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Procedures for Killing and Dressing Home Grown Fowl
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Jacobs, Roger D.
University of Florida Cooperative Extension Service, Institute of Food and Agriculture Sciences, EDIS
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"Original publication date April, 1995. Reviewed June, 2003."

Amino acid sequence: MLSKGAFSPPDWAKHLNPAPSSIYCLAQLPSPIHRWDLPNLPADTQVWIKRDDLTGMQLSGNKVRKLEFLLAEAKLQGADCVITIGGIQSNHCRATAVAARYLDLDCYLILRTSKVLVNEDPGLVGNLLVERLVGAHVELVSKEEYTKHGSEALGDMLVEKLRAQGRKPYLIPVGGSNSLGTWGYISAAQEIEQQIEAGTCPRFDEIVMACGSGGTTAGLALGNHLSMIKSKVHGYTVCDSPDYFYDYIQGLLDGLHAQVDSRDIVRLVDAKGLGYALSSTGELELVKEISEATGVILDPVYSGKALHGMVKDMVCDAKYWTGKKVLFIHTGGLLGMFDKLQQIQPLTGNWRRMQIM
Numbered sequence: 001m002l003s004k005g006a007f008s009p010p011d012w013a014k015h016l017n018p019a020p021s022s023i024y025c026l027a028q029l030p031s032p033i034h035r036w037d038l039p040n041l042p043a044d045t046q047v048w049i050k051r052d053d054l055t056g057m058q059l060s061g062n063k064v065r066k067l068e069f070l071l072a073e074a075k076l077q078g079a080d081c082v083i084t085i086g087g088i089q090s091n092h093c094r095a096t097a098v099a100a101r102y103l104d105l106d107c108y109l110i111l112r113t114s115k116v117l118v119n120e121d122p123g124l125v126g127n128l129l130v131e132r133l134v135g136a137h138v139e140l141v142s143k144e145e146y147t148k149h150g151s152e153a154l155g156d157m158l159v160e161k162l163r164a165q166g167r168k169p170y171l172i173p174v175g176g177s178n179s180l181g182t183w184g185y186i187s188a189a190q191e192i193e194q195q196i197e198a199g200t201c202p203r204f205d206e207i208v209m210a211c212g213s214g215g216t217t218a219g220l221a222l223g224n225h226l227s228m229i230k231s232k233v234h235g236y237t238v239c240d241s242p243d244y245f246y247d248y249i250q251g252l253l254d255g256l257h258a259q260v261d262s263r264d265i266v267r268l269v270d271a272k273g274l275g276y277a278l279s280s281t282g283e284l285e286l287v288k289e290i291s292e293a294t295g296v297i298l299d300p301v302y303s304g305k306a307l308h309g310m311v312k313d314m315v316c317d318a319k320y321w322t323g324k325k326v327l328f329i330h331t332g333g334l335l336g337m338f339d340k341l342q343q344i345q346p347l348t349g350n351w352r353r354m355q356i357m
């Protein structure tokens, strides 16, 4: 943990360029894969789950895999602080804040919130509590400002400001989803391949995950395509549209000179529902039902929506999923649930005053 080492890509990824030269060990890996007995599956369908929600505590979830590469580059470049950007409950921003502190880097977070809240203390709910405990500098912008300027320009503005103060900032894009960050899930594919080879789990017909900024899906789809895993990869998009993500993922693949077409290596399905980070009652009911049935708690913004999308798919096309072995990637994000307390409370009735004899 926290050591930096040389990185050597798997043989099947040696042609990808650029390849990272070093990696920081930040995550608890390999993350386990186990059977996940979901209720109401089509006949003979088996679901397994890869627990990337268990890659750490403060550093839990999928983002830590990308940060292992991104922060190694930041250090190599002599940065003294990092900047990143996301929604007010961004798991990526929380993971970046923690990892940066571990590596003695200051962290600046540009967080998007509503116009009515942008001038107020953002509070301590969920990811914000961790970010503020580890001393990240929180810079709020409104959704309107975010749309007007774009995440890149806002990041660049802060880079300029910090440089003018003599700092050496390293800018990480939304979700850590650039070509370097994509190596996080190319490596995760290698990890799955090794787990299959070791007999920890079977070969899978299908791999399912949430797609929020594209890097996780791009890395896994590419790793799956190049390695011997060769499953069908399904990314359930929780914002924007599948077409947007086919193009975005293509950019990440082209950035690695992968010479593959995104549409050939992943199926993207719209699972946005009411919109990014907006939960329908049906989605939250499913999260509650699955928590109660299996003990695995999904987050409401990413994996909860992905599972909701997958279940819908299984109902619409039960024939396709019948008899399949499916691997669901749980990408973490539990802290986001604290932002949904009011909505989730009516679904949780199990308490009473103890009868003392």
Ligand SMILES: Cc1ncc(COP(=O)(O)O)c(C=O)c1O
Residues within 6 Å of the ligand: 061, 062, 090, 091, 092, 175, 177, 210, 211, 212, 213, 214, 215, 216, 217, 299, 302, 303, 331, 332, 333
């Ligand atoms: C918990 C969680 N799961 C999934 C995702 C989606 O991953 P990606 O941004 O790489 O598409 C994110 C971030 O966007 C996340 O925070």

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SSPS8 Procedures for Killing and Dressing Home Grown Fowl1 Roger D. Jacobs and Don R. Sloan2 1. This document is SSPS8, one of a series of the Animal Science Department, Florida Cooperative Extension Service, Institute of Food and Agricultural Sciences, University of Florida. Original publication date April, 1995. Reviewed June, 2003. Visit the EDIS Web Site at 2. Roger D. Jacobs, Area Poultry Extension Agent, Dairy and Poultry Sciences Department; Don R. Sloan, associate professor, Dairy and Poultry Sciences Department, Cooperative Extension Service, Institute of Food and Agricultural Sciences, University of Florida, Gainesville FL 32611. The Institute of Food and Agricultural Sciences (IFAS) is an Equal Employment Opportunity Affirmative Action Employer authorized to provide research, educational information and other services only to individuals and institutions that function without regard to race, creed, color, religion, age, disability, sex, sexual orientation, marital status, national origin, political opinions or affiliations. For information on obtaining other extension publications, contact your county Cooperative Extension Service office. Florida Cooperative Extension Service / Institute of Food and Agricultural Sciences / University of Florida / Larry R. Arrington, Interim Dean Today, commercial broilers are processed in highly automated, quality-controlled plants located close to where the chickens are grown. These plants dress many thousands of birds daily. The same concept used by commercial processors applies to the processing of small flocks of chickens, turkeys, geese, and ducks. As in commercial poultry processing plants, cleanliness is very important. Equipment should be cleaned before, during, and after processing. Scalding water should be changed often, and all tissues to be saved should be cleaned with cold, running water. EQUIPMENT NEEDED The dressing and processing of home flocks does not require much equipment. In fact, most items needed can be found in the home. Table: The preferred table is one that can be moved and with a non-absorbent top that cleans easily. Galvanized Trash Can: Cans should hold from 5 to 20 gallons of water and can be used both for scalding and chilling of carcasses. Stove: The stove is has two potential uses: heating water and singeing feathers--if it has a flame top. Otherwise use a butane gas torch. Knives: Each person involved in the processing should be given a knife. The preferred knife is one with a narrow, thin blade about 6" long. A second type of knife (handy for pulling pin feathers) has no edge and a rounded point. It's a good practice to have a whetstone handy to keep poultry knives sharp. Cardboard Boxes: Cardboard boxes are good containers to hold feathers and inedible viscera. The filled box can be buried in the ground after processing. Brush: A small brush is useful for cleaning the finished carcass. Small Container: The container used to chill edible viscera can be either made of metal (household cooking pan) or plastic. Thermometer: The thermometer is used to monitor the correct temperature of scalding water. Sturdy Support for Suspension of Fowl: The support is used when handling the birds for killing, defeathering and evisceration. A strong, stiff clothesline works quite well. Remember to suspend